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6 Ways Your SME Business May Be Vunerable to Attacks by Cyber-Criminals

Imagine you’re a small company that sells various widgets from your shop on the high street and online across the UK.

You think you’re pretty organised, and have systems/policies in place to satisfy standards in health and safety, environmental health, trading requirements and everything else. All is ticking over nicely. Even your social media strategy is up and running. You feel safe and secure…

As usual for the SME business owner, there is always something else that needs sorting – yet one more cloud on the horizon which isn’t likely to go away.

This time it is the threat of “cyber-crime” and the damage it can cause to your business.

It seems easy to dismiss. You think of cyber-crime and cyber security in connection with weird pasty teenagers sitting on their computers all day and night, who eventually manage to hack into the White House, or, huge financial organisations accidentally pressing the wrong button one day and managing to send everyone’s NI number and bank details to criminal gangs overseas.

However, it is more of a threat to UK SMEs than everyone realises. A recent survey by IT security company Kaspersky Lab found a staggering 75% of UK SMEs believe that their businesses are too small to attract the attention of hackers, with a further 59 % of those polled arguing the information they hold is not of interest to cybercriminals.

At a recent conference for cyber security professionals at Coventry University, a MoD spokesman (who wished to remain anonymous) described the growing threat of organised cyber security crime, with the rather desperate overtones of an impending zombie apocalypse.

“There’s a threat; they really are out to get you. We know they’re out to get you, we really, really, really do know that they’re out to get you. We have been there, seen it and watched what’s coming out of the networks”.

If you need any further persuading, according to 2013 Information Security Breaches Survey, commissioned by the Department for Business, Innovation and Skills, the cost to UK plc of security breaches is of the order of billions of pounds a year. More than six percent of SMEs reported an ‘extremely serious’ security breach during the past year.

 

It’s still easy to sit back and say, “What’s the problem?  I just won’t click any suspicious emails or visit any “not safe for work” websites…how on earth are these supposed hackers going to cause issues with my tiny widget business?”

Read on…

Six ways YOUR business may be targeted:

  1. Your internal and internet facing network. How strict is your wireless access? Who has permission to install software, and how regularly do you backup critical systems? Then think about the internet aspects of your business. How regularly are your internet connections’ and web applications’ vulnerability tested? Is your firewall properly maintained? Badly maintained and protected wireless and internet connections can easily let in hackers and other cyber criminals. If it isn’t secure, it could let in the following nasties…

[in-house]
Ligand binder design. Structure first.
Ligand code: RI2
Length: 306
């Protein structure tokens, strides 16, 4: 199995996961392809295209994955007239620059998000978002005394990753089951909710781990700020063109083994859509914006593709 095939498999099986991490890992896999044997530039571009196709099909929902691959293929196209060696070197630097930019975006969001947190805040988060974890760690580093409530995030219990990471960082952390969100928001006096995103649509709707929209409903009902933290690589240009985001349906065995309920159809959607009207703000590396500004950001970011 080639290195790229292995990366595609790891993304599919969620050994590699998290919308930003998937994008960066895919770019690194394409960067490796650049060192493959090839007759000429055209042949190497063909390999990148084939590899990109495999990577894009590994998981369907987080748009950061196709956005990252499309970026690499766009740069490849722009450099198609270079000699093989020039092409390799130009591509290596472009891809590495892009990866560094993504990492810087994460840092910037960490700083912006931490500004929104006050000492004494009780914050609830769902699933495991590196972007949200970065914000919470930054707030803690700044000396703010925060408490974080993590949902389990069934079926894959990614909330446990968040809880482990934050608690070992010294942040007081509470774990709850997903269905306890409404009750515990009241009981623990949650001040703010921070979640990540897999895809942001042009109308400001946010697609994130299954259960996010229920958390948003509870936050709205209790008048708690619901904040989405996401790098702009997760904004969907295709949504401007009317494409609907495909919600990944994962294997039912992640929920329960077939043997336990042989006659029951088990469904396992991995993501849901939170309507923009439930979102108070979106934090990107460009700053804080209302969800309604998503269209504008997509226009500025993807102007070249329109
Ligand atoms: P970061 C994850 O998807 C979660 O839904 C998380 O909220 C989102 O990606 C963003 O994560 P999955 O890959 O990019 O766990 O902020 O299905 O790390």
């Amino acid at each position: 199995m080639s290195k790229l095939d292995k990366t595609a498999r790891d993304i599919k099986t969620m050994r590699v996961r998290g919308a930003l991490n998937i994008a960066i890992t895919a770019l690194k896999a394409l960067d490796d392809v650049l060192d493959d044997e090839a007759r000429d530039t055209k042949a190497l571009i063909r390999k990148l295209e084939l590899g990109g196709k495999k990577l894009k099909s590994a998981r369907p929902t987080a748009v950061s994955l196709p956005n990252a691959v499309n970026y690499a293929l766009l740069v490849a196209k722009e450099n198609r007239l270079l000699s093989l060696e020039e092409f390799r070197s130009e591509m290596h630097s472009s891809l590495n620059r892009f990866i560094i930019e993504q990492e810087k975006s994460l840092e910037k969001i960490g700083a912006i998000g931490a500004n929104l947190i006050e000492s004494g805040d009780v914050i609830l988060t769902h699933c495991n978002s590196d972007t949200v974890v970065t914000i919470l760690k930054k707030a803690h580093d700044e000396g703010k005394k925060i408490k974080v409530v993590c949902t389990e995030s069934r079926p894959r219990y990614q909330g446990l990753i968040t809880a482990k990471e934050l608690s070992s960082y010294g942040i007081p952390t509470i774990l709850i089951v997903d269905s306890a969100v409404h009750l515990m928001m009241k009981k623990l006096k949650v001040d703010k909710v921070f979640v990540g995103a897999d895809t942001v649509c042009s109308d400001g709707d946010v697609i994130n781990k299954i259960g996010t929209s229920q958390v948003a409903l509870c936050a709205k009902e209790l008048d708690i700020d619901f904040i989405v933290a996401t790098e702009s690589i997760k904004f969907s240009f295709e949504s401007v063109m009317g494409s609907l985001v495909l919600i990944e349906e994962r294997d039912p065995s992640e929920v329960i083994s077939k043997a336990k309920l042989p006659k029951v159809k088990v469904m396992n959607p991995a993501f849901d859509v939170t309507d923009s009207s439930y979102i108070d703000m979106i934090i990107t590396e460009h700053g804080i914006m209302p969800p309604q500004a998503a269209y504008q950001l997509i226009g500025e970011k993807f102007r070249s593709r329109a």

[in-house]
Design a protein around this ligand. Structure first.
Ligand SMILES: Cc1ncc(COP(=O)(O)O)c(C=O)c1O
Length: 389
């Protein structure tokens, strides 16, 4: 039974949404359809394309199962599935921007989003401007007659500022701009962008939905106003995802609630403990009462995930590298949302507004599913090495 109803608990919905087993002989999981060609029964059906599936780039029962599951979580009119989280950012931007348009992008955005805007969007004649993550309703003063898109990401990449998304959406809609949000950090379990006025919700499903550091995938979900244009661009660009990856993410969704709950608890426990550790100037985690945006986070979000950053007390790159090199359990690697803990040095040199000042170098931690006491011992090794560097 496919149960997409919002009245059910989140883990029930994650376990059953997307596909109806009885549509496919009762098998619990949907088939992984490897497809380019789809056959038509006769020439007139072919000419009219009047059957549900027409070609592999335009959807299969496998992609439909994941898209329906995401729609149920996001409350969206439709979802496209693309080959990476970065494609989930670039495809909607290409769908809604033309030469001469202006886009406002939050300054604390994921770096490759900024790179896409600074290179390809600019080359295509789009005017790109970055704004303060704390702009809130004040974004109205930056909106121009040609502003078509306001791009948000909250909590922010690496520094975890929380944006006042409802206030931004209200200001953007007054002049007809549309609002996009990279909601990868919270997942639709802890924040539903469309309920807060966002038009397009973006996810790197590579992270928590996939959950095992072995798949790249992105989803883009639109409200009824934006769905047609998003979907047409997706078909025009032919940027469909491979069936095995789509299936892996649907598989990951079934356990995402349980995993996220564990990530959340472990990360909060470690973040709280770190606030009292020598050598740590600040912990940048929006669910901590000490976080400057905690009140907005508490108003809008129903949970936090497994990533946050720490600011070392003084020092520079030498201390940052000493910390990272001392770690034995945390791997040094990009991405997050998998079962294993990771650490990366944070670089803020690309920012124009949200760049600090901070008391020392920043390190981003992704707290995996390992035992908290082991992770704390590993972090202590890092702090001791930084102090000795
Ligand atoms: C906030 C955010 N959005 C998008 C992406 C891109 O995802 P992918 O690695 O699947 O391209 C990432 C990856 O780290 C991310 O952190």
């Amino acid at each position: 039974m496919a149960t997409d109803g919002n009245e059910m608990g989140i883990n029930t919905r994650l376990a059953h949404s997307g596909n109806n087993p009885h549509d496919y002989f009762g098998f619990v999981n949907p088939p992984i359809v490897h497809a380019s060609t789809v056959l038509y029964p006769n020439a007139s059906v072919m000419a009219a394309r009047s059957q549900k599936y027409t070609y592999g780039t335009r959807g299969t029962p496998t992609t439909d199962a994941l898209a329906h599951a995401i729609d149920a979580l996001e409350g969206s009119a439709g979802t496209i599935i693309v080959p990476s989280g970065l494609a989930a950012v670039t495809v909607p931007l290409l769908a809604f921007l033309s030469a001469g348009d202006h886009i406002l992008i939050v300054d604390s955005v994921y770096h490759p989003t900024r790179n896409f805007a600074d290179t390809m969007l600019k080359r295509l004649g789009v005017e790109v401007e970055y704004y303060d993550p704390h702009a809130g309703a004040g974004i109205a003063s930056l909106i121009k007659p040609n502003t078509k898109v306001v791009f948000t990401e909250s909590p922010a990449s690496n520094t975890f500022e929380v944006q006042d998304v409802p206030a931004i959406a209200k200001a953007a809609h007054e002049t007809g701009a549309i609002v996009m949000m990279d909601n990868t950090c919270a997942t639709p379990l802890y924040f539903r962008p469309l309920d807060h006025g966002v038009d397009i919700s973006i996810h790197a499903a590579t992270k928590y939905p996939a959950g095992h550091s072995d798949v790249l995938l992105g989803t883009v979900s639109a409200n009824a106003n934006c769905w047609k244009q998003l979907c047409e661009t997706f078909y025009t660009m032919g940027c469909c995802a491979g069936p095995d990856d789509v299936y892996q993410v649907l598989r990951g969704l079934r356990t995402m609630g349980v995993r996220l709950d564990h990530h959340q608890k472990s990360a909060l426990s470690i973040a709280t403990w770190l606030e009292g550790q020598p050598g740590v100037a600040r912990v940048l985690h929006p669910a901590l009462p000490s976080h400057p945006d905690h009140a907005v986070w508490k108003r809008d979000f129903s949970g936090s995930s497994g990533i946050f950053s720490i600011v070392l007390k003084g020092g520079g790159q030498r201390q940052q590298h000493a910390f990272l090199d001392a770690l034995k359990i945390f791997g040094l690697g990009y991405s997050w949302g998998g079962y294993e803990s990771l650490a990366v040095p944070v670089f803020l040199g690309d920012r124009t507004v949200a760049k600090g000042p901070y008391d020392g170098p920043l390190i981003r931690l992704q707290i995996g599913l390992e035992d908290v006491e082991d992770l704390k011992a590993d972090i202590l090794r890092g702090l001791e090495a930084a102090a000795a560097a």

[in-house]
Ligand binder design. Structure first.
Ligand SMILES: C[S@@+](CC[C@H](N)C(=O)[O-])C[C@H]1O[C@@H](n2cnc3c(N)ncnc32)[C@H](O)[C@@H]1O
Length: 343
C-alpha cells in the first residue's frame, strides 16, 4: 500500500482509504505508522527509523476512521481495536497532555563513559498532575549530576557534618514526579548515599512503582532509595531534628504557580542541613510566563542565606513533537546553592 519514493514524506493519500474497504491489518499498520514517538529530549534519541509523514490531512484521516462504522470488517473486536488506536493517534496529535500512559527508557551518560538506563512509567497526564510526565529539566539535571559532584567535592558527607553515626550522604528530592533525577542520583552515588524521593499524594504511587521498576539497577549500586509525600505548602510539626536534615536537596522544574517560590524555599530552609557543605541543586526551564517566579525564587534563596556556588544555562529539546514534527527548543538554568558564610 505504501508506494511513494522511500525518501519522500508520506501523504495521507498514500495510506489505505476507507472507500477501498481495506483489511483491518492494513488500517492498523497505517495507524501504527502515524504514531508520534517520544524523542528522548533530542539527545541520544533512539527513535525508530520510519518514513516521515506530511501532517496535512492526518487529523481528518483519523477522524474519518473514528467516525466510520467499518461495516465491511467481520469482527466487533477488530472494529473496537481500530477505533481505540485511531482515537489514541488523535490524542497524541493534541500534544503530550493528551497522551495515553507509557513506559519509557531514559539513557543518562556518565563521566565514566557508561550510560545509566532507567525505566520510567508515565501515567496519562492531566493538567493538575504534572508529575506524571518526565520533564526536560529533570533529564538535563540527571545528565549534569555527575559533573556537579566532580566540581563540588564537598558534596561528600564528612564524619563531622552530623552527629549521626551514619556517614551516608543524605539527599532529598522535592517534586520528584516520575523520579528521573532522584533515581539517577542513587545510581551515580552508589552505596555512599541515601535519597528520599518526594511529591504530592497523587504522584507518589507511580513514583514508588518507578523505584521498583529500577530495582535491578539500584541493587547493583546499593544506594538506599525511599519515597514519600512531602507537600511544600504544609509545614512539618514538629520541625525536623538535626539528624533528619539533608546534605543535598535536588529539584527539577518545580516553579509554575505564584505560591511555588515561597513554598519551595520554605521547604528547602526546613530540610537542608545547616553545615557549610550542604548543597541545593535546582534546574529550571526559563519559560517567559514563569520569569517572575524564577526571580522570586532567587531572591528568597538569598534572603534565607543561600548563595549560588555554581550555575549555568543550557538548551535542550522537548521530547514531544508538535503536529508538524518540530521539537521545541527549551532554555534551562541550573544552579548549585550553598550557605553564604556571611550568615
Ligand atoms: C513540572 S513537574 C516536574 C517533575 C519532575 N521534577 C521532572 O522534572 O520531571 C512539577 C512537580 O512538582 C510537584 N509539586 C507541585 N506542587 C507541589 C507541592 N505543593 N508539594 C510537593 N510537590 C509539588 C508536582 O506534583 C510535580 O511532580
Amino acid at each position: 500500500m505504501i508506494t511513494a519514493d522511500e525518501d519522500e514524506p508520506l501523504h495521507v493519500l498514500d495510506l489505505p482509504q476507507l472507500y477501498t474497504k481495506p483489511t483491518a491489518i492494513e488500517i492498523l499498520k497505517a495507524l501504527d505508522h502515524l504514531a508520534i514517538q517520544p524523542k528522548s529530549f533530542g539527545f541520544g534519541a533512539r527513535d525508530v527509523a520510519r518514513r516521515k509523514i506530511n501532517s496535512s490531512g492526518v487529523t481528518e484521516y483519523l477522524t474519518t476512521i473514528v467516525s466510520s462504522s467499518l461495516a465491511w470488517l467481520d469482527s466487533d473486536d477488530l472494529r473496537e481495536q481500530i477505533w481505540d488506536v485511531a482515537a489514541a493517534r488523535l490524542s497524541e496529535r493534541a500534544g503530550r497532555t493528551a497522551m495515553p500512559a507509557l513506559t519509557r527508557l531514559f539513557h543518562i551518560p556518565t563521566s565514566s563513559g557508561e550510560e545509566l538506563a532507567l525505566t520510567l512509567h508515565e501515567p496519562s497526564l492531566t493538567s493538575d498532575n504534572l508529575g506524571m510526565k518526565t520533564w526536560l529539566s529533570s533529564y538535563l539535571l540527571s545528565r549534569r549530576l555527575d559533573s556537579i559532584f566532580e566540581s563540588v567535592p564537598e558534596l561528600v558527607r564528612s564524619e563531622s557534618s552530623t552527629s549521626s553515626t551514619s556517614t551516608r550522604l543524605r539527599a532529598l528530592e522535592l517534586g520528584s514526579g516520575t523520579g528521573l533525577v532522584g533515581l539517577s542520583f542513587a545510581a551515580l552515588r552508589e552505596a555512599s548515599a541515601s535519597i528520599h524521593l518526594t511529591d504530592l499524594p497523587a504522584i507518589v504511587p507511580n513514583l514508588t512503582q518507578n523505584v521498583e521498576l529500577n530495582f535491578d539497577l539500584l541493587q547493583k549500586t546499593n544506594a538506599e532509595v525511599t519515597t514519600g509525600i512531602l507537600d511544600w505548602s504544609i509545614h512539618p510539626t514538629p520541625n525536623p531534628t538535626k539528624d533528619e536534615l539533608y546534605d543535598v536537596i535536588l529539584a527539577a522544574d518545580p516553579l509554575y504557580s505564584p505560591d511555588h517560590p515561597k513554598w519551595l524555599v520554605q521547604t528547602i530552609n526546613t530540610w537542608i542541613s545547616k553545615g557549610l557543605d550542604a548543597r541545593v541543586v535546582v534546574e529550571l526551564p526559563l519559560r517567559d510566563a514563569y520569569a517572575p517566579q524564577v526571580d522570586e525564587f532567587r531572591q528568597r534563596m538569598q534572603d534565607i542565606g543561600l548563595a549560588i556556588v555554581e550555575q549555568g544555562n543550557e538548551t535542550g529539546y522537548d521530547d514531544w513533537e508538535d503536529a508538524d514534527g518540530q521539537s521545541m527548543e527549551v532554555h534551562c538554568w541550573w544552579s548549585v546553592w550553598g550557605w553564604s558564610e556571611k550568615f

2. Malware (phishing, viruses, Trojans, worms, spyware and zombies)– short for malicious software, this is software used to disrupt computer operation, gather sensitive information, or gain access to private computer to find personal data, passwords and financial information. Malware is becoming more sophisticated, with recent malware programs all targeted at siphoning financial information. These people behind the malware programs are cyber-crooks, out to defraud individuals and organizations for financial gain. They steal personal banking information to transfer money out of users’ bank accounts and into their own. They also launch distributed “denial of service” attacks against corporations and ask for money in exchange for an end to the attack – basically, a form of blackmail.
  3.  Revenge Hacking – in business, it’s easy to annoy someone enough to make them want to target you. Disgruntled ex-employees or unsavoury competitors can try to hack into your system to disrupt your company. A SME in the North East of England was the most recent victim of a “revenge hack”.  An employee who had been sacked for gross misconduct, hacked into the energy company’s system, and shut down the online shop and website for a full two days, and posted a rather unsavoury message on their website and social media platforms.  It took a full two weeks to change the passwords and reset the system, and left a huge dent in the company’s profits and reputation. Other employees might just download databases of information, and share them elsewhere for their own profit, or take them to a competitor.
  4.  Bring your own device to work – More than 95% of SMEs already allow personal devices to connect to internal systems, but few are fully considering the risks. These include personal laptops, smart phones or tablets. These are usually not checked by the company so could be infected with malware that could then infect your network, or could be used to download databases full of sensitive company data. Further risk comes in the form of overloaded networks – the extra capacity needed to run all these devices can overload your networks, letting malware sneak in to cause major problems.